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November 22, 2018

Faith – “strong belief in God or in the doctrines of a religion, based on spiritual apprehension rather than proof.”

by Seijaku Roshi

Far too often in the modern world man is willing to “throw the baby out with the bath water.” When problems arise or God forbid tragedy strikes, too many of us move away from our faith in God or Something larger than ourselves. Perhaps we pray less, attend our places of worship less often, put aside meditation, withhold our donations, or are less mindful of our behaviors harmful both to ourselves and others. When problems arise this is a time to “find refuge” in our faith and the spiritual practices which will get us through the darkness, remembering as Mark Nepo writes in his book “Awakening,” describing his battle with cancer, “The presence of God does not guarantee the absence of pain, but makes it more bearable.” Likewise, the Buddha’s teaching on “cessation from suffering,” (The Four Noble Truths) should be understood as a means for transforming life’s disappointments to opportunity’s and not oppositional.

In Buddhism we are taught to seek and find refuge in what religions call “Faith,” what Buddhist refer to as “Finding refuge; in Buddha-Nature” – that immeasurable, incomparable, true-nature of the Universe, which pervades every part of the Universe. We are taught to “turn to the teachings or – Dharma, finding refuge there for guidance. Finally, we are to seek and find refuge and support in the Community of fellow Dharma practitioners – “The Sangha”. We understand that our “doubts” are not oppositional to the journey but rather part of the process. We are not to fear doubt along the way, but to transform it in finding refuge or turning to our faith and applying both the teachings and what we have learned from them in dark moments.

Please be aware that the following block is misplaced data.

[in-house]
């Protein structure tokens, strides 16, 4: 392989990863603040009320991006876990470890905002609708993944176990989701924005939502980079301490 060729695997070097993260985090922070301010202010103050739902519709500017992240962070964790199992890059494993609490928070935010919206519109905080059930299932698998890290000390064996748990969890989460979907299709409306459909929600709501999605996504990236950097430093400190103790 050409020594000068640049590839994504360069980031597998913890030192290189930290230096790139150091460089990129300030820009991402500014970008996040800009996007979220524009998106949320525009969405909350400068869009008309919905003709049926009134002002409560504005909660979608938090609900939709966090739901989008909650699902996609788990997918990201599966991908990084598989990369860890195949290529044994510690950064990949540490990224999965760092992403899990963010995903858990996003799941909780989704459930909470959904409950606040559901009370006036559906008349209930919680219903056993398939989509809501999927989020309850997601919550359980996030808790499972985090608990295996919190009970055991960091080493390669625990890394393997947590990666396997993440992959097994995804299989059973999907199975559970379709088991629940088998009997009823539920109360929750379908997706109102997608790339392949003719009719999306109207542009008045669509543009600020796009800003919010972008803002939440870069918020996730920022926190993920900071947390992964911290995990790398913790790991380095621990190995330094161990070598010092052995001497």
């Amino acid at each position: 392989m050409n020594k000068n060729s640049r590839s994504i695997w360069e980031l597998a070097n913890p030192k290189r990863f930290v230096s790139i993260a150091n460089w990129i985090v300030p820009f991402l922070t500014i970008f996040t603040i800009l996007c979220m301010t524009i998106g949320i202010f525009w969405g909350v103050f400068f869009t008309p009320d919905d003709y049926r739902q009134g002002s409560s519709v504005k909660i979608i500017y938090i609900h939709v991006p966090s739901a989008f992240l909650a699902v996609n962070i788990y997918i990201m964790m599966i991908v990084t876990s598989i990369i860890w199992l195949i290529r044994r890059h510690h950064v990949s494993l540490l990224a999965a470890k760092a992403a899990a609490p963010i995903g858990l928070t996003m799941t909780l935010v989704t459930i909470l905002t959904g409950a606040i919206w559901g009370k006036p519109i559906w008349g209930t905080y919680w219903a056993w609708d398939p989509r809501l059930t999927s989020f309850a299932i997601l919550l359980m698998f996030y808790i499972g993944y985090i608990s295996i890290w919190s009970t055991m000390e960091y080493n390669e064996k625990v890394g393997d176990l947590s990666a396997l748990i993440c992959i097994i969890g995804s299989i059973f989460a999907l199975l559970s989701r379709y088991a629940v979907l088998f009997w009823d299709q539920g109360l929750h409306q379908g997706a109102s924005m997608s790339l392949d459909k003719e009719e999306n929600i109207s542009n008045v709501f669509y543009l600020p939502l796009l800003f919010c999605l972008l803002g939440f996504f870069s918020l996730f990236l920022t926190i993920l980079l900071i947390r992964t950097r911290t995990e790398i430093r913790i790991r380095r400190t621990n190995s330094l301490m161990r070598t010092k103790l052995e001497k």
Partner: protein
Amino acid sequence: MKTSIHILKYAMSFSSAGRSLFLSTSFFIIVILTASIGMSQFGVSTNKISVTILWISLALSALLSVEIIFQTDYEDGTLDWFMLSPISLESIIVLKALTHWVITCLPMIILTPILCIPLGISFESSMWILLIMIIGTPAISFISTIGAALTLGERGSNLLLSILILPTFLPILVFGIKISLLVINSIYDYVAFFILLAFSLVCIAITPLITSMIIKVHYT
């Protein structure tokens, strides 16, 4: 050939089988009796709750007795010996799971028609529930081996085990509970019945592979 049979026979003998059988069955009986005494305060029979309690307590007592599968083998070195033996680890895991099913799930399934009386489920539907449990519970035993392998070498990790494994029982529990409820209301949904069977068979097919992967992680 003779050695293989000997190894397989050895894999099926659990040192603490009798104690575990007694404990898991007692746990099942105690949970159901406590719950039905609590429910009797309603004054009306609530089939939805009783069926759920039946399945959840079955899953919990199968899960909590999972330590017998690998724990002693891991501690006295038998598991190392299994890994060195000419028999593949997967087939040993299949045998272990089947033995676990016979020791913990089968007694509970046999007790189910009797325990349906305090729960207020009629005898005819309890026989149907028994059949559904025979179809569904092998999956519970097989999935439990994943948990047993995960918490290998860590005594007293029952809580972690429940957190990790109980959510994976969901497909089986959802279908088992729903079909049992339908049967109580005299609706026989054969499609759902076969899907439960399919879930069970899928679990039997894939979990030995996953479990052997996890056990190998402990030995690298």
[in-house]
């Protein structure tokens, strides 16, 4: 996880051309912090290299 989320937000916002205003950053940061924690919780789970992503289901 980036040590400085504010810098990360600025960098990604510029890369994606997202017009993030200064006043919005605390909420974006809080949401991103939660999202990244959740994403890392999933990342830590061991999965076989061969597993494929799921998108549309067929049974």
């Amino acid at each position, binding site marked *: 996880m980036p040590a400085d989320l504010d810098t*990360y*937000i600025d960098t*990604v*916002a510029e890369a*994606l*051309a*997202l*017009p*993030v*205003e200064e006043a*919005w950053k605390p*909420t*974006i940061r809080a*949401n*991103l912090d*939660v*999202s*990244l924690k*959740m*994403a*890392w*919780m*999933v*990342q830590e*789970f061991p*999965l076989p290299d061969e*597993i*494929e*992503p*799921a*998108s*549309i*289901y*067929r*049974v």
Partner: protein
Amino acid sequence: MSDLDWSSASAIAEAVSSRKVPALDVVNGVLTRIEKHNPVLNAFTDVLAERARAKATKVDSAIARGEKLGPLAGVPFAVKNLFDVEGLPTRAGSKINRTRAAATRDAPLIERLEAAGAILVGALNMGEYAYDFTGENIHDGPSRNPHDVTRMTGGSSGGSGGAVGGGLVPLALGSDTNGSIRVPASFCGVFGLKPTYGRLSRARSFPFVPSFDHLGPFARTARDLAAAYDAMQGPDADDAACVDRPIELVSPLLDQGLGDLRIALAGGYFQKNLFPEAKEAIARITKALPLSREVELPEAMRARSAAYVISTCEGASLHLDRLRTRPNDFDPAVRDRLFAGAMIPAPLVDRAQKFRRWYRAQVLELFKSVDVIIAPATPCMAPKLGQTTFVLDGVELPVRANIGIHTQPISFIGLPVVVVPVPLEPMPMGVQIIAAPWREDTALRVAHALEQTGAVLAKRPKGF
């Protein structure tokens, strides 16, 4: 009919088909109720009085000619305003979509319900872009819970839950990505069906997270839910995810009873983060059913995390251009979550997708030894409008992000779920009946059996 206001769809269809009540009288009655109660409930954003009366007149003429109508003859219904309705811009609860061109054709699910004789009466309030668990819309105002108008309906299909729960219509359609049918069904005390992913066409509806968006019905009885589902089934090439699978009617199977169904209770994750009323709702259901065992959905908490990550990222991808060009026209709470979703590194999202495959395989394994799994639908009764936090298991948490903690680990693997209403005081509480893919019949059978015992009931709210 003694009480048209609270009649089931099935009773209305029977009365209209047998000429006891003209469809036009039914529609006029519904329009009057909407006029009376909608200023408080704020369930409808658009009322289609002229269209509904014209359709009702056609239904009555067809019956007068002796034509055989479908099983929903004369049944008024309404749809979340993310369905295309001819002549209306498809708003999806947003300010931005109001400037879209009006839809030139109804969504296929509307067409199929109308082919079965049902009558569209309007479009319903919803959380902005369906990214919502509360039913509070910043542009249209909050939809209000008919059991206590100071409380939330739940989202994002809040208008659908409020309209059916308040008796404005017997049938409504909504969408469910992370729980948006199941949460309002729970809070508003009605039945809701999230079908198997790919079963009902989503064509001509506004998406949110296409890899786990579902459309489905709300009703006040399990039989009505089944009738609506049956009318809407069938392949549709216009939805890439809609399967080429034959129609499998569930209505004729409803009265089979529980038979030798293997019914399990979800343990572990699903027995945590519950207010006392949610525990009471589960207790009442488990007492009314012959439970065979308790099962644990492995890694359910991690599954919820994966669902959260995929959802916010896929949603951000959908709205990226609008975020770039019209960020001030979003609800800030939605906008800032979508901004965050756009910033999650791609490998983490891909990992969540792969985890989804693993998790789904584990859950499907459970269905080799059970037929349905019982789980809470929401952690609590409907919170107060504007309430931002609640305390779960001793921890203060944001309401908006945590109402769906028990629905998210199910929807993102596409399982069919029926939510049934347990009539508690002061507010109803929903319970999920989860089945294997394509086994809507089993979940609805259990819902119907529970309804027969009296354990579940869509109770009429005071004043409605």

Today we find ourselves in a state of “uncertainty and rapid change,” this does not mean we need to fear uncertainty or to make any real changes in our efforts to navigate our personal “ship of state”. Except perhaps go deeper in prayer and meditation, until we find that anchor or perhaps the right angle of the sail that will get us and our loved ones through any storm, if “we have a strong and unshakeable “Faith”. 

Regular meditation and prayer is the work of strengthening our faith. Only through constant exposure to the unexplainable evidence that at all times we are surrounded by and are a “part of a whole called by us Universe” or God, or Buddha-Nature, or the Laws of Science if you prefer. Quoting Einstein again, “There are only two ways to live your life. One is as though nothing is a miracle. The other is as though everything is a miracle.” If human ego is relaxed or forgotten for a moment, we can admit that ultimately all life is a mystery, to be lived and not solved. It is in the living of life not the explaining, we find life’s vitality, wonder, and awe. Indeed when life as if “everything is a miracle,” we find the true joy of living.

Earlier this year when I was diagnosed with pancreatic cancer, doubts rushed in along with its mate fear. A perfectly normal reaction to any type of life threatening experience. While in the arms of my twin sister, in the doctors parking lot, I heard that mysterious voice say to me, “Breathe”. I haven’t stopped “breathing,” “sitting,” or “praying”. My journey has taken me closer to the people in my life as well as strangers, not to mention every moment of the life given me since. I am regularly asked, “How do you get through it?” I can only say, “I couldn’t if it wasn’t for the past forty-three years of my life as a contemplative, as a monk.” Everyday, every moment, every person I meet, “Everything, is a miracle”.

Now is a time to get out of our heads, end the conversations about “them and us”, and find that “anchor or right angle of the sail,” which will not only get us through these desperate times, but also “nearer to each other”. We have been given the “wind of the season of good will”, to navigate. We need to extend that wind into the New Year ahead, and every New Year until we no longer can recognize the difference between the holidays and every day.

Today I will gather with my biological family, and in my heart, will be my extended family: my brothers and sisters of Pine Wind and the many friends and guests I have met over the years. Though I continue “fighting the good fight” and traveling “through the valley of the shadow of death,” I am, so so grateful, for – Miracles! 

I Love You,

Seijaku Roshi

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